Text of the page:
Drug and Alcohol DetoxSSR-detox

South Shores Detox & Treatment understand that addiction to drugs and alcohol is an illness that has its roots in altered brain functioning and structure. This is characterized by the individual who, having crossed over from recreational use into addiction, no longer has the ability to stop himself from the dangers of “using”. Such individuals sadly continue in their addiction even though “hospitals, institutions & death” are the eventual results for them. Addiction has been attributed to environmental, genetic and developmental factors making it an extremely difficult illness to treat, hence why so many people struggle through multiple relapses until they finally “get it”, if they get it at all. But at South Shores we do not despair, we have seen, as well have been the most hopeless cases recover from a seemingly hopeless state of mind. We do this through a multi-prong attack that sees each guest receive a therapeutic, experiential & communal treatment that helps move the addict from a war zone to a place of healing.

What is a detox?

Though there are several steps in finding full recovery from drug and alcohol addiction none is more important than the first step of treatment known as Detoxification or Detox. This is the beginning of the journey of the guest and a vital step in seeing the individual get the opportunity to accept his/her treatment. The goal of this phase is returning the guests body to its prior state of being before being physically addicted to drugs or alcohol. If this step is not taken fully and safely then the guest never gets the opportunity to be fully clean (or clear) to realize His/Her treatment. South Shores is committed to helping those under our care to detox completely so that they can be fully present for the recovery process to begin and endure.
Detoxification is different for each type of substance. Below are some facts about various types of detoxification and how South Shores Recovery works with you to safely rid your body of these substances:  
Alcohol Detoxification
Alcohol: Many people think that alcohol detox is as simple as going “cold turkey,” but this is not the case. Most people are unaware that alcohol withdrawal is potentially lethal. An integrative detoxification period is advised for those who have become addicted to alcohol. Alcohol withdrawal can manifest itself in several ways, including:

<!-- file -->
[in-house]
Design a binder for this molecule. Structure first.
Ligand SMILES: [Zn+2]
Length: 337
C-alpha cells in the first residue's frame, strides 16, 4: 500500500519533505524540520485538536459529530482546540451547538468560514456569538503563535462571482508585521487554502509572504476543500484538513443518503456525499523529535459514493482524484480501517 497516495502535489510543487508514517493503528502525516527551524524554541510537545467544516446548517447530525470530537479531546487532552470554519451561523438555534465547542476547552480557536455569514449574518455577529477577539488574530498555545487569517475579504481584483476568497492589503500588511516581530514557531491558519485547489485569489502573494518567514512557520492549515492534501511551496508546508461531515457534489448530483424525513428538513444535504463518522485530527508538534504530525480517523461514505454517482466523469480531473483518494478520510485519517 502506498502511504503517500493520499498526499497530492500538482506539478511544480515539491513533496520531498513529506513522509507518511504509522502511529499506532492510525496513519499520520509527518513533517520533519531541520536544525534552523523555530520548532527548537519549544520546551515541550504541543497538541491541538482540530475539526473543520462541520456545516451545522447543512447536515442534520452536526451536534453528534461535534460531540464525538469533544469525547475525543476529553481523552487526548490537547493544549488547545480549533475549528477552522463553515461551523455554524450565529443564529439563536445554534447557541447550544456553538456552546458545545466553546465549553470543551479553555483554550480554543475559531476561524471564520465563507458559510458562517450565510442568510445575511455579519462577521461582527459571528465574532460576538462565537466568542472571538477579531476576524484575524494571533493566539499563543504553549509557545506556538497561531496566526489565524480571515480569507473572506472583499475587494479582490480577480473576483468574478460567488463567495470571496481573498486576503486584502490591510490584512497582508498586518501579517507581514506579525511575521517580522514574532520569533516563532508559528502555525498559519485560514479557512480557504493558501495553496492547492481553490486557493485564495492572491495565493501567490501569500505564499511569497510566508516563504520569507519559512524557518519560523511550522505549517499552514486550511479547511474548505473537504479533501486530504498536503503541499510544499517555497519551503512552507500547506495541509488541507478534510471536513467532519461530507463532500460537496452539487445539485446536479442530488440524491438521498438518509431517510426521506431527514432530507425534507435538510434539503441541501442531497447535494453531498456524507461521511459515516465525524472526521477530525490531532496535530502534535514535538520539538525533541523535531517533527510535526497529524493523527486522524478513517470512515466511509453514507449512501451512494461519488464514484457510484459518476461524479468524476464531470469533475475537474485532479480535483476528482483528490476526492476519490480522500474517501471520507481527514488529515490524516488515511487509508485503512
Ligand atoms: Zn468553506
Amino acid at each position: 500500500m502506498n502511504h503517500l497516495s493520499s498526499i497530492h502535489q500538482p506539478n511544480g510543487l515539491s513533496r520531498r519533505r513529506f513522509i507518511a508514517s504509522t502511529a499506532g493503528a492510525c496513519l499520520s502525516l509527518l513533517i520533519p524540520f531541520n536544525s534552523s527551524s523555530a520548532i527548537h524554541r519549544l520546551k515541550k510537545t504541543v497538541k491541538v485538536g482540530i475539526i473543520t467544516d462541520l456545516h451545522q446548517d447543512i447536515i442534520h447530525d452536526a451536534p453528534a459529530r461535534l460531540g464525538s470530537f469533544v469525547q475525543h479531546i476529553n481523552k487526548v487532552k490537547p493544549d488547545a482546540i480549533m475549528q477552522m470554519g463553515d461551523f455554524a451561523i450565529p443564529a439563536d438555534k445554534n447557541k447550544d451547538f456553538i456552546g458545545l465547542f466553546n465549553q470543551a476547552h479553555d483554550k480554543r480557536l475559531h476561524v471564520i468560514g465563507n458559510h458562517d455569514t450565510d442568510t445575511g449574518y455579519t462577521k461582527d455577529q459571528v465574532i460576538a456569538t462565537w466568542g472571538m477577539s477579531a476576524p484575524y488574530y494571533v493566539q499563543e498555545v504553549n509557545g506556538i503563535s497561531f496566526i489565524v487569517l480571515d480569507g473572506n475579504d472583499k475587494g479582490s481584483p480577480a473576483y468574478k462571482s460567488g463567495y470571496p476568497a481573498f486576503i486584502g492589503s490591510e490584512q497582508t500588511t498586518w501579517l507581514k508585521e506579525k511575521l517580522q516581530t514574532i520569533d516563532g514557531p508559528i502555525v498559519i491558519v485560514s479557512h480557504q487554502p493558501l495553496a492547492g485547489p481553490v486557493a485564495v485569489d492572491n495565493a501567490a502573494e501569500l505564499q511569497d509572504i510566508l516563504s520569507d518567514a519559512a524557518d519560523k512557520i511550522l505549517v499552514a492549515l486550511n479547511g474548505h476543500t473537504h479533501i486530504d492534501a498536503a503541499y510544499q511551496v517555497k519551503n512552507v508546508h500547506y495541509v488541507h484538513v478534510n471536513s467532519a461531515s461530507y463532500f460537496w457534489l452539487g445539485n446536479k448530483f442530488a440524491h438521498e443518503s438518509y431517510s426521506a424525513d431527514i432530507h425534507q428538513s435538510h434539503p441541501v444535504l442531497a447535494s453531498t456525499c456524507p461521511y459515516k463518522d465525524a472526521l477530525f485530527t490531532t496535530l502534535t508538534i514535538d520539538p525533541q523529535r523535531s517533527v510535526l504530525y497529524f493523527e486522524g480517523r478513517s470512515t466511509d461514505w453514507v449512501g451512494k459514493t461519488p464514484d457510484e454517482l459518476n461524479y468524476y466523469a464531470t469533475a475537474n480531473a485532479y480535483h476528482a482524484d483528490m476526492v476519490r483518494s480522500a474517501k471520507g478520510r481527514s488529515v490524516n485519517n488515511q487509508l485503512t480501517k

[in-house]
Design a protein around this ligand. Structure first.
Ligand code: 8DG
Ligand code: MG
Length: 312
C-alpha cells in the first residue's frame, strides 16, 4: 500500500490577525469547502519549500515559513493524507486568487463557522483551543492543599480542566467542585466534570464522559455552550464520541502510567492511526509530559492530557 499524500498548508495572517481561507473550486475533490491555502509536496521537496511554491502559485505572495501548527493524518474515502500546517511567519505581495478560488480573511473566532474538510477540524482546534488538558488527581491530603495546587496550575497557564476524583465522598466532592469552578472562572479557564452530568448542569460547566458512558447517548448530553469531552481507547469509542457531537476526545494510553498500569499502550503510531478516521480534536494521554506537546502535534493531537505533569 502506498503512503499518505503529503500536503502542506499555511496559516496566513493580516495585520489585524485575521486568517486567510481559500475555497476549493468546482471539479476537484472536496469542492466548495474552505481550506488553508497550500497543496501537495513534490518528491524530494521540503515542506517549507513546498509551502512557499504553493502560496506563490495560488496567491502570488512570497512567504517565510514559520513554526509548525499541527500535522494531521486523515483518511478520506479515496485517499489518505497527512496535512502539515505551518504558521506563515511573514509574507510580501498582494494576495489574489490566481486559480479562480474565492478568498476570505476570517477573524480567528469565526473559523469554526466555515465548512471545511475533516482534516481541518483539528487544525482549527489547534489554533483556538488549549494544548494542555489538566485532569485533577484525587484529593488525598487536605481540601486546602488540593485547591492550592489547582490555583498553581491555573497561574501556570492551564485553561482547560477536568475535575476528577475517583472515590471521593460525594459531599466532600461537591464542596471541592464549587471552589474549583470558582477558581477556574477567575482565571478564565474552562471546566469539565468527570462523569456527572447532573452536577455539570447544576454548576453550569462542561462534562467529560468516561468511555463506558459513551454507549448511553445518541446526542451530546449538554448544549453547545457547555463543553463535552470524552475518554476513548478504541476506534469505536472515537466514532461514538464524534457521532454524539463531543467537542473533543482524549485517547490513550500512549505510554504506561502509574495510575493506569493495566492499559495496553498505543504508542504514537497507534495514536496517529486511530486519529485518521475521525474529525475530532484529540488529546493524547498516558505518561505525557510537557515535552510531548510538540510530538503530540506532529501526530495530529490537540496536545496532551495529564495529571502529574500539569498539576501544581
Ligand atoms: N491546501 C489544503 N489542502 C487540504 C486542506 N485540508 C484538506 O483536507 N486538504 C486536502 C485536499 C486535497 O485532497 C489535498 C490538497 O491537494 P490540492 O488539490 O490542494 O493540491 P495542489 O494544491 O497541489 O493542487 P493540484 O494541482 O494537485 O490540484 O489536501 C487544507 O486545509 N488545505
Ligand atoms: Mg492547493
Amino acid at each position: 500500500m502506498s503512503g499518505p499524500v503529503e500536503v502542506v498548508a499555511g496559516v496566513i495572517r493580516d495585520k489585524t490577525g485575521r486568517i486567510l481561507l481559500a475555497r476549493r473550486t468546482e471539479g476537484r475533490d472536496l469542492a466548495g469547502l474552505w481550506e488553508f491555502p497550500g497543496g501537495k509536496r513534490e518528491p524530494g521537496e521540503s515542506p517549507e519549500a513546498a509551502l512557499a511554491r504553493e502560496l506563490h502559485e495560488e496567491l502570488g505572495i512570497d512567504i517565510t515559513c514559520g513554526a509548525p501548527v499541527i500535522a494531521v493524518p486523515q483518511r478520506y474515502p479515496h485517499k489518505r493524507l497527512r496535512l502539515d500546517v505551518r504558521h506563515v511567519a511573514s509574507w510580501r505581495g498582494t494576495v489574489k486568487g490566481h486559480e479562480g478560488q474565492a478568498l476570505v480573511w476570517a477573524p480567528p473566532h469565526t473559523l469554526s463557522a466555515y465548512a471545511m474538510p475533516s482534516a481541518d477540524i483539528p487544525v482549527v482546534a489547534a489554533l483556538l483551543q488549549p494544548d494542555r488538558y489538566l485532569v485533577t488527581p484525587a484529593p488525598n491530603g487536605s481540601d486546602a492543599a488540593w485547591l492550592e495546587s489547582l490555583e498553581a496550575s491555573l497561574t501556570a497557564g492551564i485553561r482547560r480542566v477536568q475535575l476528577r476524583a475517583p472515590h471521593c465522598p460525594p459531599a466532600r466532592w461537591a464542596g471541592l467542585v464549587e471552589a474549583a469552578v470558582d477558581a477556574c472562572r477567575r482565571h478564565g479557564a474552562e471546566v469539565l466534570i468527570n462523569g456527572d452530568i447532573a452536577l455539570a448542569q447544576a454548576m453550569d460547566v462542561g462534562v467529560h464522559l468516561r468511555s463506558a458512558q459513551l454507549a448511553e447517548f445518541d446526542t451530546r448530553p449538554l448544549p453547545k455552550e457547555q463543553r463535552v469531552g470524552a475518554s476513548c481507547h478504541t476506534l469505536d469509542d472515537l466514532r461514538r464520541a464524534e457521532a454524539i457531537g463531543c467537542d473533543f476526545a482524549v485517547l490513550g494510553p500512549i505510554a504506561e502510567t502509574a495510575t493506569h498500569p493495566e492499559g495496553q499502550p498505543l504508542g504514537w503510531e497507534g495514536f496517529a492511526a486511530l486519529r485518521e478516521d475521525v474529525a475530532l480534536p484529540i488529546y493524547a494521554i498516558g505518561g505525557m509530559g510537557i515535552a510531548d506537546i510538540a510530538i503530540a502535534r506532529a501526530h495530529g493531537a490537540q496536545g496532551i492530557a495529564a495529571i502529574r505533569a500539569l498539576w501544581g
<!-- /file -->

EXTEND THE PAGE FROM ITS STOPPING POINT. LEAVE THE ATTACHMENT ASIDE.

• Nausea and vomiting
  • Anxiety and sweaty palms
  • Headaches and dizziness
  • Fever
  • Fatigue or exhaustion
  • Rapid heartbeat and tremors
  • D.T.’s or delirium tremens, the medical term for a condition in which clients may hallucinate
  • Confusion
  • Seizures
 
Cocaine Detoxification
Cocaine: Cocaine addiction is one of the most powerfully addictive drugs. Cocaine offers a powerful and intense “high,” causing serious depression and exhaustion when the effects of the drug wear off. Cocaine withdrawal includes both psychological and physical symptoms, including:
  • Insomnia
  • Irritability and anxiety
  • Fatigue and depression
  • Chills and body aches
  • Tremors
  • Muscular pain
 
Methamphetamine Detoxification
Meth: Methamphetamine, or “crystal meth,” is an extremely addictive drug that stimulates the central nervous system. In recent years, meth use has skyrocketed throughout the United States. Meth addicts risk strokes, brain damage and other serious physical complications, making detoxification a crucial component in the recovery process. Chronic use of methamphetamines may result in serious symptoms during withdrawal, such as: